‘Hampi: City of Victory’ from Blue Magazine, winner of the ‘Best of Blue’ award.AW-travel-hampi
Any place with a temple dedicated to the dancing God from the Bhagavad-Gita (that is um, Shiva) is okay by us.
It’s like a petrified dream taken from storybooks of ancient Hindu mythology: red rock structures framing the landscape and ruins.
This is Hampi, the modern-day capital of the Vijayanagar empire. Located in southern India’s Karnataka State. Vijayanagar (which means ‘City of Victory’) was established as a Hindu capital in 1336 A.D. although most historians agree that it had been inhabited for at least 1000 years previous to that date.
The Empire once stretch from one coast of India to the other and was enormously wealthy. Persian and European explorers often wrote home about the markets, saying they overflowed with jewels and gold. When Muslims invaded in 1565, the site was pillaged for six months and then abandoned.
Historic Sites in Hampi
The first view to greet the traveler is the 10-story tower of the Virupaksha temple complex. The monument intricately decorated façade overlooks the city’s bazaar. The temple, dedicated to the Hindu god Shiva, is still used today, as is the nearby ghat, the towns public bathing place. The Vitthala Temple, which was named a World Heritage Monument in the eighties, has 56 columns that create musical notes when struck. Although locals strongly discourage touching the structure they are happy to demonstrate how it’s done.
Among other sites is the Lotus Mahal, reception hall for the King, and the multi-domed elephant stables, which once held 10 of the royal mammals used for ceremonies and battles. The countless cave shrines in their symbols give more clues to how the majority of the population lived back then. Sadhus, those of dedicated their lives to their religion and meditation, still inhabit many of the caves.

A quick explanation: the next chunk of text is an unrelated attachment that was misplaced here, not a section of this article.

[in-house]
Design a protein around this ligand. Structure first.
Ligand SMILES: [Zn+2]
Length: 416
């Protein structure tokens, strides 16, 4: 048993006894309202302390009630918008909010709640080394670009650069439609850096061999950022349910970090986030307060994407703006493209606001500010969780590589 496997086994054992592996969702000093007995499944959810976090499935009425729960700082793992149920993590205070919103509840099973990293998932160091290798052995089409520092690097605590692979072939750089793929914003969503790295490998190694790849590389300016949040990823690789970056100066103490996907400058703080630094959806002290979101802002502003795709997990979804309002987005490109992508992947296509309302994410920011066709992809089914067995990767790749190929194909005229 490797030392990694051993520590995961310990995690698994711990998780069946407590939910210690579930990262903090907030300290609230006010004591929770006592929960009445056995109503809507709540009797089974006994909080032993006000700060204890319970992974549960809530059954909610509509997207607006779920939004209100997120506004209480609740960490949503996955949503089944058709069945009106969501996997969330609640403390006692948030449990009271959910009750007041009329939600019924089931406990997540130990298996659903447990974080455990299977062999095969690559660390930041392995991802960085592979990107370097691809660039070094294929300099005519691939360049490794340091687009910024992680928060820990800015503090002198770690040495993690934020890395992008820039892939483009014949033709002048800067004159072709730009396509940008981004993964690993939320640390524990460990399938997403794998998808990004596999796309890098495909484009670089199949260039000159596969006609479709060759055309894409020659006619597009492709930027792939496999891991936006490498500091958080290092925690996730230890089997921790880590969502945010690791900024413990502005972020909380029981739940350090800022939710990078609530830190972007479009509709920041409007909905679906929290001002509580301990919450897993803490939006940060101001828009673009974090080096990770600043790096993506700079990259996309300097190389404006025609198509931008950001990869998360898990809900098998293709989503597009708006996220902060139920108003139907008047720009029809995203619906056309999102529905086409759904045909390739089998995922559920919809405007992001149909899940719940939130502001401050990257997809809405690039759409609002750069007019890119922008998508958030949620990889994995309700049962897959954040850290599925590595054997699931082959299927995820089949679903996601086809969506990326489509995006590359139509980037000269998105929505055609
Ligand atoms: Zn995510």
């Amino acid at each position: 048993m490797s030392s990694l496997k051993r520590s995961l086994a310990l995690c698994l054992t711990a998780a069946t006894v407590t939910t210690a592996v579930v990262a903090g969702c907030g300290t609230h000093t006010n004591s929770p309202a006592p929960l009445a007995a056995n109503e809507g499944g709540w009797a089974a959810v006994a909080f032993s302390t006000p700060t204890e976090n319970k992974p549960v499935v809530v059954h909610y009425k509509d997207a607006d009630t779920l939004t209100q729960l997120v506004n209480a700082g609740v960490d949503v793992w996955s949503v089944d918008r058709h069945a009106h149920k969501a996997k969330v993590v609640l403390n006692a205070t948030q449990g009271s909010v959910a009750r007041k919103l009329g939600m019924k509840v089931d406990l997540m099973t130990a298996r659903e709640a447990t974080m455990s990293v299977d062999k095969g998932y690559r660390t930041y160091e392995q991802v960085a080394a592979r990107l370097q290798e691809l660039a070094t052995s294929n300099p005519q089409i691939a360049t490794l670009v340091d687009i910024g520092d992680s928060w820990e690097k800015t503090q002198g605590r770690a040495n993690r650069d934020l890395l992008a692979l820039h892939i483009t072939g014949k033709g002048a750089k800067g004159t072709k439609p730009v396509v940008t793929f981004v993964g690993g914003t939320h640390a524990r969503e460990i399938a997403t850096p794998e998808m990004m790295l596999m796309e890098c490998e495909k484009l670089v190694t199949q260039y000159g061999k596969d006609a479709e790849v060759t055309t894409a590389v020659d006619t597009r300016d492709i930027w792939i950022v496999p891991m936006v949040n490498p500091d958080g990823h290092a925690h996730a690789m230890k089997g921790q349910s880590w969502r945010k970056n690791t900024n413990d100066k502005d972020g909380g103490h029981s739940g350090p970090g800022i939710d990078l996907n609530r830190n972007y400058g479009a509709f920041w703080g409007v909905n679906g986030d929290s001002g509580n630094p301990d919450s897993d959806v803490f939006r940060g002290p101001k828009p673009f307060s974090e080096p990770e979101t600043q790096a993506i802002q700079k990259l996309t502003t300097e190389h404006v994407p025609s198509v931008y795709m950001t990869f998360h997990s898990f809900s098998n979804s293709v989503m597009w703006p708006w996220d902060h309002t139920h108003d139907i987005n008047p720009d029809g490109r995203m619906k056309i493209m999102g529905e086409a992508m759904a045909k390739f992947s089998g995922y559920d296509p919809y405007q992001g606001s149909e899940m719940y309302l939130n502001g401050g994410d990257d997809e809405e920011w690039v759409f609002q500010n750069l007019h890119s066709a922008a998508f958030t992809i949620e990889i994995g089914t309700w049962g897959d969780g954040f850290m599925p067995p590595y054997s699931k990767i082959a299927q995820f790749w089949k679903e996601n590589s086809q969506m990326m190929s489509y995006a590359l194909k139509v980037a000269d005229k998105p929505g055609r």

The few explorers who find their way to Hampi are mostly Western hipster seeking transcendental experiences or ‘freaks’ as they’re commonly called by locals most come from go on psychedelic buses to attend full moon parties, and then he end up staying long after the parties over, putting an interesting spin on the normally laid-back copy life.
Local sometimes invite visitors to join them in washing clothes on the river bank, or to sip tea at the marketplace where they pedal their wares.
Many of Hampi’s 17-square miles of carved- rock buildings were destroyed in the Muslim invasions, but visitors still find it’s otherworldly flavor endlessly appealing. Interested travelers, who double a suitcase schleppers should beware: getting there can be difficult. The only way to reach Hampi is in a three-wheeled auto rickshaw that sets out from the nearby dingy service town of Hospet.
Comfort doesn’t matter: while most trekkers consider themselves lucky to get a room in an ashram without utilities, others just crash among the ruins for the night.
Hampi, half a world away and defiantly embedded in another time, will make you feel holy no matter where you sleep. — Ande Wanderer (Text and photos)